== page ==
Mat Latos: The Next Fantasy Ace?

Ray Guilfoyle takes a look at Mat Latos and wonders if he is on the cusp of being the next fantasy ace.

Last offseason, Mat Latos was traded to the Reds in a blockbuster deal involving Edinson Volquez and three prospects including first baseman Yonder Alonso, catcher Yasmani Grandal, and reliever Brad Boxberger. The price of the deal for the Reds was huge. Many would think the Reds were receiving an ace in return for all that they gave up. Why did they have to give up so much for an inexperienced starting pitcher? The price was high because Latos has yet to sniff free agency, and he has the potential to be an ace, but he also has a history of being a headcase.

Coming into the 2012 season, Latos had put together two very good seasons, winning 14 and 9 games with ERAs below 3.50 in each of the last two seasons. But, he was pitching in what is known as the best pitchers park in baseball, Petco Park, and was now moving to a ballpark known to be friendly to power hitters. Some questioned how he would fare in Cincinnati, thinking that he would fall victim to the home run, thus impacting his value in fantasy leagues in 2012.

Latos had other ideas.

Here is his career stats, courtesy of Baseball Reference:

2009 SDP 4 5 4.62 10 10 50.2 43 29 26 7 23 1 39 82 1.303 7.6 1.2 4.1 6.9 1.70
2010 SDP 14 10 2.92 31 31 184.2 150 63 60 16 50 3 189 126 1.083 7.3 0.8 2.4 9.2 3.78
2011 SDP 9 14 3.47 31 31 194.1 168 82 75 16 62 3 185 102 1.184 7.8 0.7 2.9 8.6 2.98
2012 CIN 14 4 3.48 33 33 209.1 179 87 81 25 64 9 185 122 1.161 7.7 1.1 2.8 8.0 2.89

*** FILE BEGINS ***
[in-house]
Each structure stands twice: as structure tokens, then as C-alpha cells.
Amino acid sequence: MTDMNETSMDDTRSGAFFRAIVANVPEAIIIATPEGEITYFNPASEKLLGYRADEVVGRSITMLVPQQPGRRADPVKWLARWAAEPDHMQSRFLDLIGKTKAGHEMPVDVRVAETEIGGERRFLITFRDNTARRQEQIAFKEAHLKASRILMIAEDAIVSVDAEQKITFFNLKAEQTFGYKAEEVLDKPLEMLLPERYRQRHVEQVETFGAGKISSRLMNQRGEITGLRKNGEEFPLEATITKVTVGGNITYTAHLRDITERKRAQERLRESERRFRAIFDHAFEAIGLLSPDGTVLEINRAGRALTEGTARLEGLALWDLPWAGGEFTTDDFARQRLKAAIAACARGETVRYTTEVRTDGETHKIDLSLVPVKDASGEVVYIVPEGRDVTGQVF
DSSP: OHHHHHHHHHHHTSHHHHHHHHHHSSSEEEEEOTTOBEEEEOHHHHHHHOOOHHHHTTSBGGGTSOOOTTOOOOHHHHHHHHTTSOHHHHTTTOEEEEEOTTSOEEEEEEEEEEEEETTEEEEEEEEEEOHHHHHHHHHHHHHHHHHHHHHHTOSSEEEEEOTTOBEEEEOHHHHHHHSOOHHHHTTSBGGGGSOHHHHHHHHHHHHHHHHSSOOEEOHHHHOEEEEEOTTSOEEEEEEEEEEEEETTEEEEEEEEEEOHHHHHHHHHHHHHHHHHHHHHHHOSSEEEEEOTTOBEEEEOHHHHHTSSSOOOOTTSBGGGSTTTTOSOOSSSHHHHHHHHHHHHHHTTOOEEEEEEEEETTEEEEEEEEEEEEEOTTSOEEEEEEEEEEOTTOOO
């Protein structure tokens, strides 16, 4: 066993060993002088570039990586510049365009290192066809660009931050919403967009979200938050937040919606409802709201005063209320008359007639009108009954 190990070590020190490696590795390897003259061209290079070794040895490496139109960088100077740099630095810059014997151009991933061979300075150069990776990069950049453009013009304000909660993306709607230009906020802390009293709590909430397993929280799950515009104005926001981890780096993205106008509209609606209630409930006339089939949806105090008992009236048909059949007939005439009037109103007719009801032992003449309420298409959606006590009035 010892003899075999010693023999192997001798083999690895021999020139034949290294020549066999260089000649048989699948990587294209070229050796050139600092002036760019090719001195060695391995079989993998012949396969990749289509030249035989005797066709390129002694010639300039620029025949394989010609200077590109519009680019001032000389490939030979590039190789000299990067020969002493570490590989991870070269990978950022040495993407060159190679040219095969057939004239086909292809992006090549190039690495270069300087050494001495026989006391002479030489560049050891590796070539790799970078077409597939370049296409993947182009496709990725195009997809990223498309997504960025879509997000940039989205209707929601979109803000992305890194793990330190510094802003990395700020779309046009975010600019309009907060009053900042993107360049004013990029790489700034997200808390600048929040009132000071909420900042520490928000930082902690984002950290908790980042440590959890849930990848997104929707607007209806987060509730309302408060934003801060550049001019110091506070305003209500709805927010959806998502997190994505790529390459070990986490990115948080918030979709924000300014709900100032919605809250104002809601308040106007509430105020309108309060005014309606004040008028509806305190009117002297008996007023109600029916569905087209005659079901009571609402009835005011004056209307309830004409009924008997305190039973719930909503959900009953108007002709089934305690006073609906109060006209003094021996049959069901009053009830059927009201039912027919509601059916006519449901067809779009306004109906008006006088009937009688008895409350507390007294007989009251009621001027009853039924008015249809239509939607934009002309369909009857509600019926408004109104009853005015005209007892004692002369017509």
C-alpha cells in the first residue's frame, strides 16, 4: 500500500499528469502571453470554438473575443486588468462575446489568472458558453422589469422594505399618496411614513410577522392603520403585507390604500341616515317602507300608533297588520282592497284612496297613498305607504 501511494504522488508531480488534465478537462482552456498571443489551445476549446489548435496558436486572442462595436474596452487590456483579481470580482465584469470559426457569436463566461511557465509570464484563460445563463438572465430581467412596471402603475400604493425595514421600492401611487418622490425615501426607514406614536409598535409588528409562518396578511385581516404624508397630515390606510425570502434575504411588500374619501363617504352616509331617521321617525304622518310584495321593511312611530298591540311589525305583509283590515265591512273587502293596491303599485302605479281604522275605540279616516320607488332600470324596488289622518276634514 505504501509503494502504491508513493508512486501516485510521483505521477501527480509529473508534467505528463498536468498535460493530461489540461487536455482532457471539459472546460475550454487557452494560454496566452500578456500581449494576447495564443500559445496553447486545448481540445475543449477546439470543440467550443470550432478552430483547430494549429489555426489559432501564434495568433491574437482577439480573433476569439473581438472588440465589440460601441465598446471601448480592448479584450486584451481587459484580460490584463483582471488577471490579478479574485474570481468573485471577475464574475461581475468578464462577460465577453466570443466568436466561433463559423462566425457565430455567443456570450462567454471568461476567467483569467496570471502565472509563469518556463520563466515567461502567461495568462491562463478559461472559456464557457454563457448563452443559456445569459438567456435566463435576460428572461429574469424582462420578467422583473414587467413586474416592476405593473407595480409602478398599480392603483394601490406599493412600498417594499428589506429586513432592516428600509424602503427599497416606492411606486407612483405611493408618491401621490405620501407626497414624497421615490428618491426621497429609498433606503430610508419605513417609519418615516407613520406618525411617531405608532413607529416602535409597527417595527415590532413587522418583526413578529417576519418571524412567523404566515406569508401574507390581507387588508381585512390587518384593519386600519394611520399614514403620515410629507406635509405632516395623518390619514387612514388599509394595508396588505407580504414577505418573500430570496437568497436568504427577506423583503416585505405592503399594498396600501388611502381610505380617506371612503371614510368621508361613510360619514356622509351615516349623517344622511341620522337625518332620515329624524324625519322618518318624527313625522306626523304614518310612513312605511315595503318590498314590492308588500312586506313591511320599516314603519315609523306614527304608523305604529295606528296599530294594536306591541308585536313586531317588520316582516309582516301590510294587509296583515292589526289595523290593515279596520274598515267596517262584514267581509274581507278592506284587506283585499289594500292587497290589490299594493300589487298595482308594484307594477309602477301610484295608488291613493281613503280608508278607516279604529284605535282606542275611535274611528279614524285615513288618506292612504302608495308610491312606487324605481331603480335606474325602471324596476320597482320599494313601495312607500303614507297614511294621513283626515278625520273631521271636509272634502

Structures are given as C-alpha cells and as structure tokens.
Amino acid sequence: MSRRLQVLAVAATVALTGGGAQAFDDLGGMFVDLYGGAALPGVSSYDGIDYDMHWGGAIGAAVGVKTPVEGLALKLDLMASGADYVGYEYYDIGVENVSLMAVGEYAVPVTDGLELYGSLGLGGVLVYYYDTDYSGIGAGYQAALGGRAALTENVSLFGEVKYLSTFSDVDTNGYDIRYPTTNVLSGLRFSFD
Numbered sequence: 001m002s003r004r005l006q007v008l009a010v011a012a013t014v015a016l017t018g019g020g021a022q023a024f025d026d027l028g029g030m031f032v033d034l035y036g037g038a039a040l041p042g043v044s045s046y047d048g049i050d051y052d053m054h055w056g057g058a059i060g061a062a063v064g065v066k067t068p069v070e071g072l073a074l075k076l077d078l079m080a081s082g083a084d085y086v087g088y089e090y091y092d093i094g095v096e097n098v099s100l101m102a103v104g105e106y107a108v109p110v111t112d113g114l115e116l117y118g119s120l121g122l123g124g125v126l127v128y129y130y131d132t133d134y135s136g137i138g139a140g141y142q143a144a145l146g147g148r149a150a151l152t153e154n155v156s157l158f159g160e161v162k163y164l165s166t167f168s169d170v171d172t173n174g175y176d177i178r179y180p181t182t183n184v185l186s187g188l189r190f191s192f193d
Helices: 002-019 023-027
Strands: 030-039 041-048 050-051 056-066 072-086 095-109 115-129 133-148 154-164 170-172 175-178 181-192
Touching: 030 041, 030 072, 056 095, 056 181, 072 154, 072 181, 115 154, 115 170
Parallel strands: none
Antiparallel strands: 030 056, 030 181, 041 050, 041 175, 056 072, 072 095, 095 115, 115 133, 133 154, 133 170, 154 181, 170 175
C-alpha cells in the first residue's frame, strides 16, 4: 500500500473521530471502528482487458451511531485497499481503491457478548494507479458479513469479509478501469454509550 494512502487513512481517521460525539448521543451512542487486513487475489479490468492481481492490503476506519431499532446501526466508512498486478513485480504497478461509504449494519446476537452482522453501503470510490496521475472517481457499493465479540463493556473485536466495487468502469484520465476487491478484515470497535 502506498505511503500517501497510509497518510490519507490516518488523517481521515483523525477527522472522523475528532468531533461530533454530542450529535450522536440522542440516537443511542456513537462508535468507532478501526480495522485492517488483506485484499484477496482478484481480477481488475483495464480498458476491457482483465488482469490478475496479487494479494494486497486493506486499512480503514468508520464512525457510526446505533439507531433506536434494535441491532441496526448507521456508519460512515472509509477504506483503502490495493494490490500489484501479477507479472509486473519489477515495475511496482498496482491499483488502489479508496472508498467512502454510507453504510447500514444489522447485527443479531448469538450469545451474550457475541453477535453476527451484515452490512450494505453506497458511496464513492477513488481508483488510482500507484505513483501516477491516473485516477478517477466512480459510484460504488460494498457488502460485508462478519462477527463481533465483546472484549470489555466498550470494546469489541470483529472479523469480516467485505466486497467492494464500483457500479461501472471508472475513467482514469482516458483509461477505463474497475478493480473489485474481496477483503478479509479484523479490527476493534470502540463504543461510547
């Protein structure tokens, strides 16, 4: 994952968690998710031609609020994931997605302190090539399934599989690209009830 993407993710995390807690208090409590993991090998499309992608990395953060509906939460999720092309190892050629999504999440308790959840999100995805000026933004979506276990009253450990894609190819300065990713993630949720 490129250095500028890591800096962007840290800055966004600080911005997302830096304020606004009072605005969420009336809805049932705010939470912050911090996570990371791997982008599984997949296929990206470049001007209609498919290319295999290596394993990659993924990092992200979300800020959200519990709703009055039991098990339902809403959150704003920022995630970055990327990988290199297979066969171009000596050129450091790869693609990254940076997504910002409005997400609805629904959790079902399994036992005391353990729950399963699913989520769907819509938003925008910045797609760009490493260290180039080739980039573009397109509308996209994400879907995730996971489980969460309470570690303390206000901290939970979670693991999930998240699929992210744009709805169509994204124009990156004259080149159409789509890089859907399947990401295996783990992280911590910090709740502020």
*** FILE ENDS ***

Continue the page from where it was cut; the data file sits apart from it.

4 Yrs 41 33 3.41 105 105 639.0 540 261 242 64 199 16 598 112 1.156 7.6 0.9 2.8 8.4 3.01
Provided by View Original Table
Generated 10/30/2012.

As expected, he gave up more home runs, giving up 25 in 2012, almost as many as he did the prior two seasons in San Diego combined. His HR/9 jumped from 0.7 in 2011 to 1.1 in 2012, and his strikeout rate dropped from 8.6 K/9 innings to 8.0 K/9 innings. But, there were some positives to take from his performance this season. His innings pitched have increased in each of the last three seasons:

2009: 50.2 IP

2010: 184.2 IP

2011: 194.1 IP

2012: 209.1 IP

Latos went over the 200 innings mark for the first time in 2012, and his WHIP actually dropped from 1.184 in 2011 to 1.161 in 2012. The drop in WHIP was due to a slight drop in his hits per nine innings from 7.8 to 7.7, and the drop in his walk rate from 2.9 BB/9 to 2.8 BB/9. So, while giving up more home runs this season, he also gave up less base runners.

Looking a little deeper into his 2012 performance, you can see that he pitched better as the season got longer. Here are his monthly ERAs and home run totals:

April: 5.97 ERA/4 HRs

May: 3.26 ERA/ 7 HRs

June: 4.19 ERA/ 6 HRs

July: 3.34 ERA/ 3 HRs

August: 2.61 ERA/ 3 HRs

September 2.21 ERA/ 2 HRs

I know you can't take away his April performance, but if you did, his ERA would have been 3.10 instead of 3.48, and his WHIP would have been 1.099 instead of 1.161. His HR/9 for the first three months of the season was 1.57, and that dropped in the second half to just 0.65 HR/9, right around his HR/9 in his last two seasons in San Diego. This isn't to say his 2012 was bad, it was actually very good.

And while his monthly K/BB also increased as the season wore on, his monthly BABIP dropped as the season wore on:

April: 1.80 K/BB/ .337 BABIP

May: 2.75 K/BB/ .208 BABIP

June: 6.50 K/BB/ .282 BABIP

July: 2.25 K/BB/ .274 BABIP

August 2.69 K/BB/ .266 BABIP

September 3.00 K/BB/ .245 BABIP

Latos won't turn 25 for at least another month, and he has more room to grow as a starting pitcher, but he looked more and more like a future fantasy ace as the season got longer in 2012. Can he continue this growth in 2013? I am willing to bet that he does, because some players need a little more time to grow up than others. Latos showed that he could dominate like he did in San Diego.

I could see his home run rate dropping in 2013, and all he needs is a slight jump in his strikeout rate, and continued growth in his ground ball rate (his GB% jumped from 43% to 46% in 2012), and he could be mentioned in the same breath as Cliff Lee and Cole Hamels when discussing ace level starting pitchers.

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